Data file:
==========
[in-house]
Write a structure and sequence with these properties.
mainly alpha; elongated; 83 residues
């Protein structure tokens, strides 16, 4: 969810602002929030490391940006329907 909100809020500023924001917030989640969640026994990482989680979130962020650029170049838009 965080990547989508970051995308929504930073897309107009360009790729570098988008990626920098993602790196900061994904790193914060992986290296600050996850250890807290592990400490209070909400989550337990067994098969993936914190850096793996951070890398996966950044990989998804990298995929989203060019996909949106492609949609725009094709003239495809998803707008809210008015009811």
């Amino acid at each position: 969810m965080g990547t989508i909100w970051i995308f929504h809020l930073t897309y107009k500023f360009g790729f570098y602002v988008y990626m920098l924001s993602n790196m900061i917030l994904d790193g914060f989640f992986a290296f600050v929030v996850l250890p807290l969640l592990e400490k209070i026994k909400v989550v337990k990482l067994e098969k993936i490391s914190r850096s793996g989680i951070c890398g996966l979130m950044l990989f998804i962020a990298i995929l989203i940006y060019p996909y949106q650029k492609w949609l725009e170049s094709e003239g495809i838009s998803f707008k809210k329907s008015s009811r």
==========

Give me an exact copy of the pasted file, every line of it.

[in-house]
Write a structure and sequence with these properties.
mainly alpha; elongated; 83 residues
């Protein structure tokens, strides 16, 4: 969810602002929030490391940006329907 909100809020500023924001917030989640969640026994990482989680979130962020650029170049838009 965080990547989508970051995308929504930073897309107009360009790729570098988008990626920098993602790196900061994904790193914060992986290296600050996850250890807290592990400490209070909400989550337990067994098969993936914190850096793996951070890398996966950044990989998804990298995929989203060019996909949106492609949609725009094709003239495809998803707008809210008015009811």
């Amino acid at each position: 969810m965080g990547t989508i909100w970051i995308f929504h809020l930073t897309y107009k500023f360009g790729f570098y602002v988008y990626m920098l924001s993602n790196m900061i917030l994904d790193g914060f989640f992986a290296f600050v929030v996850l250890p807290l969640l592990e400490k209070i026994k909400v989550v337990k990482l067994e098969k993936i490391s914190r850096s793996g989680i951070c890398g996966l979130m950044l990989f998804i962020a990298i995929l989203i940006y060019p996909y949106q650029k492609w949609l725009e170049s094709e003239g495809i838009s998803f707008k809210k329907s008015s009811r």